work with XML data. Part of the W3C industry standard, XQuery lets users navigatethrough the hierarchical structure inherent in XML documents. As a result, you canretrieve XML documents or document fragments using XQuery. You can also writeXQueries that include XML-based predicates to "filter out" unwanted data from theresults that DB2 will return. XQuery offers many other capabilities, such as the abilityto transform XML output and incorporate conditional logic into your queries.Before learning how to use XQuery, you need to understand some fundamentalconcepts about the language.
An XQuery always transforms one value of the XQuery Data Model into anothervalue of the XQuery Data Model. A value in the XQuery Data Model is a sequence ofzero or more items. An item can be:• Any atomic value• An XML node such as an element, attribute, or text node (sometimescalled an XML document fragment)• A full XML documentOften, the input to an XQuery is a collection of XML documents.Listing 1shows an XML document containing eight element nodes, one attributenode, and six text nodes. The element nodes are represented by element tags.Client, Address, street, city, state, zip, and both email elements are all elementnodes in this document. If you look closely at the Client element, you'll see that itcontains an attribute node for the client's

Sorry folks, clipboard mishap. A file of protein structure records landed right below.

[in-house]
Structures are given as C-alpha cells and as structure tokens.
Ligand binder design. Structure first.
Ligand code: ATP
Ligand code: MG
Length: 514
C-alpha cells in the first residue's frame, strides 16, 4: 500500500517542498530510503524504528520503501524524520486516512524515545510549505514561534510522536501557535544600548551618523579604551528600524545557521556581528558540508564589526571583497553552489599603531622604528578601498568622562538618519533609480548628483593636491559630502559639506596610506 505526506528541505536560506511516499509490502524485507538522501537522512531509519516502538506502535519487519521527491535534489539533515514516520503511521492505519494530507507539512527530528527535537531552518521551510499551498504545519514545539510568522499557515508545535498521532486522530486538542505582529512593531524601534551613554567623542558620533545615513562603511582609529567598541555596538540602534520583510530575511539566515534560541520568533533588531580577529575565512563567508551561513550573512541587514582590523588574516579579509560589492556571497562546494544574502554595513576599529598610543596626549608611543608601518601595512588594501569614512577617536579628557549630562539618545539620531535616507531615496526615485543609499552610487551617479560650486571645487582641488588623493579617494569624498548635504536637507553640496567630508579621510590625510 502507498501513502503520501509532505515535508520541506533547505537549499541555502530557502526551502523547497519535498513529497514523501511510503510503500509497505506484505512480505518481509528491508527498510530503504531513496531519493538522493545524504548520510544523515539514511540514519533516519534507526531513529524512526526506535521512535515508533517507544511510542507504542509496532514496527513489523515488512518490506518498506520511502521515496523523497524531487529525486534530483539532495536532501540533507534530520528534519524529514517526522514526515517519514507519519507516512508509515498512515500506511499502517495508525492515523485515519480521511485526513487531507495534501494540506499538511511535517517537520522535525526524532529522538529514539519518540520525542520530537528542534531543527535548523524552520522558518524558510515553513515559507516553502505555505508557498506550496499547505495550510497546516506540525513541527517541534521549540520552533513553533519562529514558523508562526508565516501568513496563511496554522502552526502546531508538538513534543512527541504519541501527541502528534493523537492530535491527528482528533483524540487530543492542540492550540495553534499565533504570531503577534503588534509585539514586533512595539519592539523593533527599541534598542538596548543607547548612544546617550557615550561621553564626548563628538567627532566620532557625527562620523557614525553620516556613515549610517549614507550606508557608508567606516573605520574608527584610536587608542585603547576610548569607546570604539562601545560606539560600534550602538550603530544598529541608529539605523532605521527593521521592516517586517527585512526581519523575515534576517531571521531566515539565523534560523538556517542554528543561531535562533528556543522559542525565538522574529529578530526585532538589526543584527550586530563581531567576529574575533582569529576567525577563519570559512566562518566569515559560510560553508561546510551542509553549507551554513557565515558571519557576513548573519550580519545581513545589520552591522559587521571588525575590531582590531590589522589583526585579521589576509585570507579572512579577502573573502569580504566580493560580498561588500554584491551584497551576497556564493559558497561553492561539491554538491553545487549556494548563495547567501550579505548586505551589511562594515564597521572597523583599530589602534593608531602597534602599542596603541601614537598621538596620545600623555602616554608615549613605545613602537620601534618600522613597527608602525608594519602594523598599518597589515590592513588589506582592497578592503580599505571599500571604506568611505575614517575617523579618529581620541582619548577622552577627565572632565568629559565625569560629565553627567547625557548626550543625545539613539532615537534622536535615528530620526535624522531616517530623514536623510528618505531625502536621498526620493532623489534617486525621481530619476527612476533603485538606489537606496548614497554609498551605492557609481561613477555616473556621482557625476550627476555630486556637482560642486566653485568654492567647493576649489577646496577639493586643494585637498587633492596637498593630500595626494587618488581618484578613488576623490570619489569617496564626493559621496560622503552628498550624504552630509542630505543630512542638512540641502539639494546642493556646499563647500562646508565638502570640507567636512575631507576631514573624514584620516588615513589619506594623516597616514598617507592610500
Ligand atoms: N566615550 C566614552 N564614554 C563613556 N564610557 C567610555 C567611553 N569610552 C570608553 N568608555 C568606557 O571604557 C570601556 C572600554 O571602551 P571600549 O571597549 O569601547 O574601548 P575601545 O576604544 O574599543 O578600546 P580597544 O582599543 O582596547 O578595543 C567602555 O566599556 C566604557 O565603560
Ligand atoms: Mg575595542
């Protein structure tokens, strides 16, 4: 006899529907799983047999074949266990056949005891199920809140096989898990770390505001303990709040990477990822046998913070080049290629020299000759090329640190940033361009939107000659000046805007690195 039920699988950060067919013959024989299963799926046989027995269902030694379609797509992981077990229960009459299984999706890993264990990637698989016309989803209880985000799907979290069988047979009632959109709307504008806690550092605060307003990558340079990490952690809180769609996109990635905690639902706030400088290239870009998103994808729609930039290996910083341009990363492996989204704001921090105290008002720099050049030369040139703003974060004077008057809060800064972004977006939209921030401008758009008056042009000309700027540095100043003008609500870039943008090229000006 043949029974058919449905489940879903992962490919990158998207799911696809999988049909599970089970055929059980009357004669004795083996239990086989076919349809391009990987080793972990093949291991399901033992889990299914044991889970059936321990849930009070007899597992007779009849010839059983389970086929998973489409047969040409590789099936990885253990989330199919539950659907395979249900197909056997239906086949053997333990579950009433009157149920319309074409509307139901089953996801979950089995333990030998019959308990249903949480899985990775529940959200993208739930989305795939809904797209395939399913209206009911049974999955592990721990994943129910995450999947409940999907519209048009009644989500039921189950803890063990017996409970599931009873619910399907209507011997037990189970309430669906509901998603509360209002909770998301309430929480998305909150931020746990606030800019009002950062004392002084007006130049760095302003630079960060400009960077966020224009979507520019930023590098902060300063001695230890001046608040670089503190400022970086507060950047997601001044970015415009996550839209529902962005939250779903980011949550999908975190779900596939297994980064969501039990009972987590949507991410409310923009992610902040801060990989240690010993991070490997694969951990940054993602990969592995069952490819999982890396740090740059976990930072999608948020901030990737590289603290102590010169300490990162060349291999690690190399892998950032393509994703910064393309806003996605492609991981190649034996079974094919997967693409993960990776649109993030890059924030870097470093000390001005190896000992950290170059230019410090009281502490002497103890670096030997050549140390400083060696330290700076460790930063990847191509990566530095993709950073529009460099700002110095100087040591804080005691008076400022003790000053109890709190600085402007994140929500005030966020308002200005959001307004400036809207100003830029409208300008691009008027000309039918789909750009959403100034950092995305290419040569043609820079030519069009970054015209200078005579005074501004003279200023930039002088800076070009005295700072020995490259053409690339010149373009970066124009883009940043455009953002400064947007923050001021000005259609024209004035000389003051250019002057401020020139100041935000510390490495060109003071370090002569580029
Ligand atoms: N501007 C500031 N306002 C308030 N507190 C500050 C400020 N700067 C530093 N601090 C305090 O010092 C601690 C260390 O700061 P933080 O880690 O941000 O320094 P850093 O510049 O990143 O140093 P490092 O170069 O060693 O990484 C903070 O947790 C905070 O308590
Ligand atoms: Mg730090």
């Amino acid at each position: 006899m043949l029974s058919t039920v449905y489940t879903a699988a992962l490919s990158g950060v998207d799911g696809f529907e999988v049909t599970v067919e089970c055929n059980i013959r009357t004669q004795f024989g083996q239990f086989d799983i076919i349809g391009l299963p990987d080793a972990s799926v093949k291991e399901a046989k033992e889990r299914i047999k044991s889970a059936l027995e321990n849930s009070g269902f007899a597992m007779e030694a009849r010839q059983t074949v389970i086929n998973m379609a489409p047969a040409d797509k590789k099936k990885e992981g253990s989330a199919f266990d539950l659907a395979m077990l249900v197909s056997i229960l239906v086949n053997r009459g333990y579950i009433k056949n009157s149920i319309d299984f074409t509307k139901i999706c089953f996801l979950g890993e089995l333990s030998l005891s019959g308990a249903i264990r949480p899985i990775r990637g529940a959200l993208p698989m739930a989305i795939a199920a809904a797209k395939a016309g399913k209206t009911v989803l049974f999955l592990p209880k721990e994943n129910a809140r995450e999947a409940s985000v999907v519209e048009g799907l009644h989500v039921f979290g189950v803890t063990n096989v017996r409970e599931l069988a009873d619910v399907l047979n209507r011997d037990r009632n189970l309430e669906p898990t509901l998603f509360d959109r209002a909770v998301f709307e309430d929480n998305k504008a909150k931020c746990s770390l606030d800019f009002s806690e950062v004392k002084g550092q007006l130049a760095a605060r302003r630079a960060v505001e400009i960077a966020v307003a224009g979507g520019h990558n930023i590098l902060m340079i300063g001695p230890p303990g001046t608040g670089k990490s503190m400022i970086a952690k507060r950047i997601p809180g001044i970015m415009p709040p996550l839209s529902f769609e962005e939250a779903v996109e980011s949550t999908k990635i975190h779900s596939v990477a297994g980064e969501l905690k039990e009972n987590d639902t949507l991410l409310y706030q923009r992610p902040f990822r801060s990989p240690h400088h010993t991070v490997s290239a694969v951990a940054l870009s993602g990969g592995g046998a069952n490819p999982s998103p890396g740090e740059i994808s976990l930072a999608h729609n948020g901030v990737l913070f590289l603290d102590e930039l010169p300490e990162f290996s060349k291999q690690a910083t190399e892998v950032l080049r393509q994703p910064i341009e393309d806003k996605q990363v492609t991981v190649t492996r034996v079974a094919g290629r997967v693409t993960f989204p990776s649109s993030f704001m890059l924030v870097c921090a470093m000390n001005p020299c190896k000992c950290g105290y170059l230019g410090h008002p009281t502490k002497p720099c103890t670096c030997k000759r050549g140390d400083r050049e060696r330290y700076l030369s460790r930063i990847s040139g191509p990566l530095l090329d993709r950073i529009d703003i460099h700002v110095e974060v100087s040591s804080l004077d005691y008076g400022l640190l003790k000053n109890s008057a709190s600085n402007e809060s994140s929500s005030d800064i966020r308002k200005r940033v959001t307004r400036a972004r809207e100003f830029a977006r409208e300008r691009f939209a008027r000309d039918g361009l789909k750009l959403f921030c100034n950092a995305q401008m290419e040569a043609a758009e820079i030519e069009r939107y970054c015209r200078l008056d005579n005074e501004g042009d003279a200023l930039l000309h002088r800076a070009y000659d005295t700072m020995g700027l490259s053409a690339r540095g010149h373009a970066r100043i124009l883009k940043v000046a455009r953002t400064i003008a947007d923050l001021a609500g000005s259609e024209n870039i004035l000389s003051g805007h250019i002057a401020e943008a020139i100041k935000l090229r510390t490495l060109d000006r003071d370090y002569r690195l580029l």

. Some of the document's elementnodes have text nodes associated with them. For example, the text node for the cityelement is San Jose.
Listing 1. Sample XML document
<Client id="123"><Address><street>9999 Elm St.</street><city>San Jose</city><state>CA</state><zip>95141</zip></Address><email>firstname.lastname@example.org</email><email>email@example.com</email></Client>
Figure 1shows the nodes within this sample document.
Figure 1. Element, attribute, and text nodes in a sample XML document